Thursday, October 20, 2005


The Banks... What Have We Learned

I was browsing today at Cincinnati Lots of great photos and links, and such. Really interesting seeing pictures of transportation developments through the decades. One article with discussin of Fort Washington Way really caught my attention. But not for the comments about FWW. Rather check out these pictures of riverfront development plans from 1939, 1948 and 1999.

Picture from 1939. Notice the large parks and football stadium/race track in the middle.

Picture from 1948... again, FWW across dowtown. Large stadium on West side, and parks and museum across central and east side.

1999 picture.... what's different? Not much other than it's in color. FWW across the top. Stadium (now 2 one east one west), and parks/museum from central to east. How thinks it's time to build it instead of making redevelopment plans?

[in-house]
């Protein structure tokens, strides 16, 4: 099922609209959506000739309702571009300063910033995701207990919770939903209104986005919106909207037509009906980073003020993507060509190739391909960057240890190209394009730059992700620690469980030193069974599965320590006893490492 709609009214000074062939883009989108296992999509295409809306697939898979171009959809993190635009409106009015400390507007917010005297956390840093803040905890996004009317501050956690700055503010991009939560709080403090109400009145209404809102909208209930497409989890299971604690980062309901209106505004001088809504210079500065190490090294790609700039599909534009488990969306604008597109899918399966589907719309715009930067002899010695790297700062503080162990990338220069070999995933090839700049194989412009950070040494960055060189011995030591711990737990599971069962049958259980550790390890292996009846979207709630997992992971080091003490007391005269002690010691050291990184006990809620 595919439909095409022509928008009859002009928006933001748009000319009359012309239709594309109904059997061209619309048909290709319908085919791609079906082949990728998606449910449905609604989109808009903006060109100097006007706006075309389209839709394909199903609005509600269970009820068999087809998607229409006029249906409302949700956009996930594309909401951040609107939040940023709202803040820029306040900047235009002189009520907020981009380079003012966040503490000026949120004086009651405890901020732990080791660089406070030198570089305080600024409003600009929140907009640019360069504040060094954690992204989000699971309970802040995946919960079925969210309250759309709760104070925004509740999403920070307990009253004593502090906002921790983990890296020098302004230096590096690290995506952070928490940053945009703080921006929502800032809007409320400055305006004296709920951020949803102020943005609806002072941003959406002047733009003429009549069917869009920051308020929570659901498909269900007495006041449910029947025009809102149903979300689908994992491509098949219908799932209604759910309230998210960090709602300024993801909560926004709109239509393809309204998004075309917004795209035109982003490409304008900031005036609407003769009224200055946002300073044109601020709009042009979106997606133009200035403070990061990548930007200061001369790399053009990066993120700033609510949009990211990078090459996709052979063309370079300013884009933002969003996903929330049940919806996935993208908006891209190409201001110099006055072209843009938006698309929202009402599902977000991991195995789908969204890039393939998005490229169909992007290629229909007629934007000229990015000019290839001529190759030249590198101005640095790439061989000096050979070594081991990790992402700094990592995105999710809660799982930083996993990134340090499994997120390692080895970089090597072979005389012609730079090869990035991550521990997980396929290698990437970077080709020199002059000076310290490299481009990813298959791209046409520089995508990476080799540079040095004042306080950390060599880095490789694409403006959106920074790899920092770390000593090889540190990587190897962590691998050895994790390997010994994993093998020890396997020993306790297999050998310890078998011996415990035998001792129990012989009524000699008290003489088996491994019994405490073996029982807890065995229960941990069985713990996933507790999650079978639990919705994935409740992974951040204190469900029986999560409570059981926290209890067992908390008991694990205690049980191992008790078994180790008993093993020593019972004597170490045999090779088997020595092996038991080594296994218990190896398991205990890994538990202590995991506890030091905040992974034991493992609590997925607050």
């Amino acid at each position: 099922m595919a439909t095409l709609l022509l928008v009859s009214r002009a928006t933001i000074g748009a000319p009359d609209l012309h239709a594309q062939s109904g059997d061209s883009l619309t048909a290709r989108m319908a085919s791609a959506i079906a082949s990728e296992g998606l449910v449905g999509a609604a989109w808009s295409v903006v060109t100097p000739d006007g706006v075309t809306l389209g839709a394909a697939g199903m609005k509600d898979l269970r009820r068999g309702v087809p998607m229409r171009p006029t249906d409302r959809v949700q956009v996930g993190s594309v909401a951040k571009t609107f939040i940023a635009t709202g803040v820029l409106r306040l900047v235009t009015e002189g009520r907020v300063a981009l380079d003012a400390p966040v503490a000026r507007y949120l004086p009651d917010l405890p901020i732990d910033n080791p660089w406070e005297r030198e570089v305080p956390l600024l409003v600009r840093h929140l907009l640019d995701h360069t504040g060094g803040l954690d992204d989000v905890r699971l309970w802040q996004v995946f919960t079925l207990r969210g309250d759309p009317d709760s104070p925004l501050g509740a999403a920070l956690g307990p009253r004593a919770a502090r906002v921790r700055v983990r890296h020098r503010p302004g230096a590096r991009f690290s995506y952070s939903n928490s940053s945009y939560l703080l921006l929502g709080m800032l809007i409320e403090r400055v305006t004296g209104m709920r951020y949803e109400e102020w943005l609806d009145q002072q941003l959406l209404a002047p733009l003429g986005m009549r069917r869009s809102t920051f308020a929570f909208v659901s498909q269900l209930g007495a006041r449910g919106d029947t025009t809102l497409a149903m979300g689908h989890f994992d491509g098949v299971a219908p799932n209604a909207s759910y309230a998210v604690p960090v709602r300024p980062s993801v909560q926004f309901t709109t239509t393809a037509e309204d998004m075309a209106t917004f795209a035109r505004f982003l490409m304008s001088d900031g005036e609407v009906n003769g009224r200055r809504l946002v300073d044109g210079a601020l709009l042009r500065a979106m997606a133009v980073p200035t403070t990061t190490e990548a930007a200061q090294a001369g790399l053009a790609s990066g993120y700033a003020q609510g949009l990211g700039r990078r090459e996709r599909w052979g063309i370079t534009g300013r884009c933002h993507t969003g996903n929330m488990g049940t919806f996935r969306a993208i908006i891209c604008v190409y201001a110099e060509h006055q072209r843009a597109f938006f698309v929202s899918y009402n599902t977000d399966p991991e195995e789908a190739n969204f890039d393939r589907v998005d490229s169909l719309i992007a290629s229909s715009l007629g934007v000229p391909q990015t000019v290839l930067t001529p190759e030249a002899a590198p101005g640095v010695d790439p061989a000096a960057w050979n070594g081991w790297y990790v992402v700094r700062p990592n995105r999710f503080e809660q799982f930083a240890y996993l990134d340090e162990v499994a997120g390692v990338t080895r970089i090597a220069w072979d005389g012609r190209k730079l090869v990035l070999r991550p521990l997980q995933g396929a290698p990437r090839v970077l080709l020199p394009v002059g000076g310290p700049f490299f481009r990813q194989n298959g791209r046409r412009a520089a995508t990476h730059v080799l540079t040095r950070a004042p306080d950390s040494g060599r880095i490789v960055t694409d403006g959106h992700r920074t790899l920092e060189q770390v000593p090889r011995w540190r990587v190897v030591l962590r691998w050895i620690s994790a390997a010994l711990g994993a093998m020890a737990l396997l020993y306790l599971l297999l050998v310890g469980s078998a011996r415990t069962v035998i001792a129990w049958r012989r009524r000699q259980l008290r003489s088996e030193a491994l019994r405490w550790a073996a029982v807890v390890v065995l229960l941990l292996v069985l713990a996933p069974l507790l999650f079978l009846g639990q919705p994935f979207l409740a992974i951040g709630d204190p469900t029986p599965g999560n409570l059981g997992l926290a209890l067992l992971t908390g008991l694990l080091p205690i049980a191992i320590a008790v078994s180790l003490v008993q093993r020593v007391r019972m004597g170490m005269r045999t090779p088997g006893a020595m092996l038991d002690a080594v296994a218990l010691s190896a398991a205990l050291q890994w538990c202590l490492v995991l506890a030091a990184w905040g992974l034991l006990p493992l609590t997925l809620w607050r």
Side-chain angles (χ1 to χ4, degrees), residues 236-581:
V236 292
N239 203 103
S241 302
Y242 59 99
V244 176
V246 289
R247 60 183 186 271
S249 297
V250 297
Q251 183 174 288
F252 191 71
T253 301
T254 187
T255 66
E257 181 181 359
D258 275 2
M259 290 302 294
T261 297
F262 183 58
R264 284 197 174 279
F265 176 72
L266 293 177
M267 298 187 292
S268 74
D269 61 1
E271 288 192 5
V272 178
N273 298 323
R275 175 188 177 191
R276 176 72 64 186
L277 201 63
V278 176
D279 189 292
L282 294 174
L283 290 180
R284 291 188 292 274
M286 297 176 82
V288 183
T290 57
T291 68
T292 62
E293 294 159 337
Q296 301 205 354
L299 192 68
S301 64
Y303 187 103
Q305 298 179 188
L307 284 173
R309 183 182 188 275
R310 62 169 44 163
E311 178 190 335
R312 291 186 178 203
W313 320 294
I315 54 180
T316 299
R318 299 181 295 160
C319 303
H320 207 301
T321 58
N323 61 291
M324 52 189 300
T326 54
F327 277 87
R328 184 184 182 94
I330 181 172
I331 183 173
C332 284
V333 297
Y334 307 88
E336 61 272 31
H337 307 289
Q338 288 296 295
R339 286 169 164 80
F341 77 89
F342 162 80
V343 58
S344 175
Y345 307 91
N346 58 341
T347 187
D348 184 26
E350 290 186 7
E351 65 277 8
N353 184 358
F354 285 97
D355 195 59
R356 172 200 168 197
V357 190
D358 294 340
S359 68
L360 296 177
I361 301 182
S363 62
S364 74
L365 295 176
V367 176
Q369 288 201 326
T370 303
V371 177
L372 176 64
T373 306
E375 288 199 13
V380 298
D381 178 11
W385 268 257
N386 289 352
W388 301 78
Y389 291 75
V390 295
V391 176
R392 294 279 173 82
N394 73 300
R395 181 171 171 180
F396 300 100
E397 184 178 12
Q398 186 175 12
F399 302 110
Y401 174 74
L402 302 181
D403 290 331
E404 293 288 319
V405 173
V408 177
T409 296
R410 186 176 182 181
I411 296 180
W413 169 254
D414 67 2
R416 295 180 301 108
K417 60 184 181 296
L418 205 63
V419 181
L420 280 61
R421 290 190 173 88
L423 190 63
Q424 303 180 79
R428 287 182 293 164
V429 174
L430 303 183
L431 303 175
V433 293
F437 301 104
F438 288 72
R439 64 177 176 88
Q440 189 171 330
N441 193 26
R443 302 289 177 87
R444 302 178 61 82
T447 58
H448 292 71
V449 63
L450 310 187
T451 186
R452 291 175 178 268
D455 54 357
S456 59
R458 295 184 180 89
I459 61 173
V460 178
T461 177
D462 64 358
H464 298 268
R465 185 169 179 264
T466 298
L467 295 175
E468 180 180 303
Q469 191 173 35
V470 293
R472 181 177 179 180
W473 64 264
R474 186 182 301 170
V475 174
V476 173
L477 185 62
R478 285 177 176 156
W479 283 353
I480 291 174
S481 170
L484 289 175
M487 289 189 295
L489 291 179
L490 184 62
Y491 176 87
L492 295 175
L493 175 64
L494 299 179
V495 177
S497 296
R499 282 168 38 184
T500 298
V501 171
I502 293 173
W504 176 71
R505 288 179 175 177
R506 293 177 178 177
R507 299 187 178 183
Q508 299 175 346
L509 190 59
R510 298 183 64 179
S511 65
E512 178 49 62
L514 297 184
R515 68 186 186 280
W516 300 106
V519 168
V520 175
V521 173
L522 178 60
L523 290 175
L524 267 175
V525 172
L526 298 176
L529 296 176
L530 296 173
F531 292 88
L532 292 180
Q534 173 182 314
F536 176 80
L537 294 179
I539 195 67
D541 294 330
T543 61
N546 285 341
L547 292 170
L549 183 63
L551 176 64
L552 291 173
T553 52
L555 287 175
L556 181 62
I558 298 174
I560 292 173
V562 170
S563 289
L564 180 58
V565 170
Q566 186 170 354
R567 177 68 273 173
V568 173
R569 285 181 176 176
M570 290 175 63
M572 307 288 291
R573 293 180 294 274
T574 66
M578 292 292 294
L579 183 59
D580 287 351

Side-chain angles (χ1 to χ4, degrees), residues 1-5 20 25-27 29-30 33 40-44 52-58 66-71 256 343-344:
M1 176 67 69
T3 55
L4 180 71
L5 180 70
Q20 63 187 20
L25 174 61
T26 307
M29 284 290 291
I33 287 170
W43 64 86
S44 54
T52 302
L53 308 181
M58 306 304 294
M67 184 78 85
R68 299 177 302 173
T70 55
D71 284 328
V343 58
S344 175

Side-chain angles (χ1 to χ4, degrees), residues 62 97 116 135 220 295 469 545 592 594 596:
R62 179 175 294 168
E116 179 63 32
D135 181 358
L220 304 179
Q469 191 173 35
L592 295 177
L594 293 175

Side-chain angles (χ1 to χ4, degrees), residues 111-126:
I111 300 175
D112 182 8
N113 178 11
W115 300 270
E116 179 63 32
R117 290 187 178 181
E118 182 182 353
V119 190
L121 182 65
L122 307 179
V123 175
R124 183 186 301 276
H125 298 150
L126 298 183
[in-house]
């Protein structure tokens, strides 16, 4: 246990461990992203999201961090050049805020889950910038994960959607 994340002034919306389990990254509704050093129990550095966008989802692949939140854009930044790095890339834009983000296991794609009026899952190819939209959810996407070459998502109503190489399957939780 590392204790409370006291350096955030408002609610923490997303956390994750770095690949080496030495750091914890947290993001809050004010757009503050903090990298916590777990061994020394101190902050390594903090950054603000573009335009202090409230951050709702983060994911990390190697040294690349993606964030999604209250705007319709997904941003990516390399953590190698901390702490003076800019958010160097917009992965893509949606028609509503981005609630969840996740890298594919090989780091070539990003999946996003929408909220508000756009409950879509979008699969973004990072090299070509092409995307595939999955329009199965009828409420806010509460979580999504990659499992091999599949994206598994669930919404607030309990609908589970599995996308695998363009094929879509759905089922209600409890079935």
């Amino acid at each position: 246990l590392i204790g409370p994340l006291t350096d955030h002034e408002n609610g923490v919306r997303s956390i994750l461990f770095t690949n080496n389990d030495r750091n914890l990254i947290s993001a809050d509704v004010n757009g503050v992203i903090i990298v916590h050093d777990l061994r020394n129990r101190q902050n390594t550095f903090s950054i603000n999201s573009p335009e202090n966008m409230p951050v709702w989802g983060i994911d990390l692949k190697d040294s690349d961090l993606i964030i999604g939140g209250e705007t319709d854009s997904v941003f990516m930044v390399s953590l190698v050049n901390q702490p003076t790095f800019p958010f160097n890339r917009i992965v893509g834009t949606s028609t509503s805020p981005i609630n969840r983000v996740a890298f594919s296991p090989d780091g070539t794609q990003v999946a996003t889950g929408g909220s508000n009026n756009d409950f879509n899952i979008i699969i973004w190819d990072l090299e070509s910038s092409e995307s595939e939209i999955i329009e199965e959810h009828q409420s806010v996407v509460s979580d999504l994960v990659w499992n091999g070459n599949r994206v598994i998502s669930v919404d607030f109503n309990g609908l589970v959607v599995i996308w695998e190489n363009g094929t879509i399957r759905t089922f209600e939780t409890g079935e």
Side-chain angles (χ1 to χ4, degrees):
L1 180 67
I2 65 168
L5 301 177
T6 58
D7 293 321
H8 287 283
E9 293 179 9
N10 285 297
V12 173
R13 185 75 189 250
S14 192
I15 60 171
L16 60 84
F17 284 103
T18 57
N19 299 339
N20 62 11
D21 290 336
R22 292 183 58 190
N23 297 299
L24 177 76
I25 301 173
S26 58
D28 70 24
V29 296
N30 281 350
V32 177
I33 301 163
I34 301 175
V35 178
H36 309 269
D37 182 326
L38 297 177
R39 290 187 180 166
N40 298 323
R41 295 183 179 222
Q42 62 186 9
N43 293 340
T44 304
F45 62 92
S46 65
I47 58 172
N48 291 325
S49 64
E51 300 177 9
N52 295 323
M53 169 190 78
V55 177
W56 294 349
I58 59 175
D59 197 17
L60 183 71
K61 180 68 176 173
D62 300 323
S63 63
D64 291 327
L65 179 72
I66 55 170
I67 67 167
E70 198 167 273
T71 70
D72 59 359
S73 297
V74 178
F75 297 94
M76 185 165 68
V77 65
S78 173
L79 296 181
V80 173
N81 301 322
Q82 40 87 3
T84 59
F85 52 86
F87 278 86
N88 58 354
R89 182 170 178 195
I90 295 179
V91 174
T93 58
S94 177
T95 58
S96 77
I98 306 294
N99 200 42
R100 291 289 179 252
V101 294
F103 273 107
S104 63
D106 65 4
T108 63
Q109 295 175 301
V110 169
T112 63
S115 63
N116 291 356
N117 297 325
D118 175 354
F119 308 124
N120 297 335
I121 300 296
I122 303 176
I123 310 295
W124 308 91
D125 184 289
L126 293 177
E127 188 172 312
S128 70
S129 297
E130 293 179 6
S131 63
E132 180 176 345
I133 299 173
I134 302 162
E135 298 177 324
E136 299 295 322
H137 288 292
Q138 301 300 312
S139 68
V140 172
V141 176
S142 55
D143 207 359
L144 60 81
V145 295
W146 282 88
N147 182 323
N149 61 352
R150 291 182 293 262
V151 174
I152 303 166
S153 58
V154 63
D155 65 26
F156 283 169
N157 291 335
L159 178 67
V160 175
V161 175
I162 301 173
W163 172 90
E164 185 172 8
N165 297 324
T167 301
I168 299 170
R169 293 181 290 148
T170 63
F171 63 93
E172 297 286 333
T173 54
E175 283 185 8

Thanks to a post on for cluing me in to the cincinnati transit site!

it is not a plan, it's a site map. no one has designed a plan yet.
Actually, anonymous, in urban planning terminology, a plan is essentially a map of what you intend to do. Thus, these are indeed plans.

I would, though, disagree with Joe's assessment that there's nothing different about the '99 Banks proposal from the previous ones. It was really a dumb idea to ever cut the freeway through downtown and put stadiums on the riverfront in the first place, but the major, and most important difference between the '99 plan and the '48 plan is that in '99, they've finally rediscovered the logic of a continuous street grid that intends to reconnect the city fabric. The winding roads in the '48 plan are for cars. The streets in the Banks project are for people. There's a very significant difference there.

That said, unless they actually cap over FWW with buildings (NOT parks because there would still be a psychological void) and increase the heights of the buildings in the Banks area, it won't succeed. There won't be any life in that area unless there's a critical mass of people who live and work there. Six-storey buildings aren't gonna cut it.
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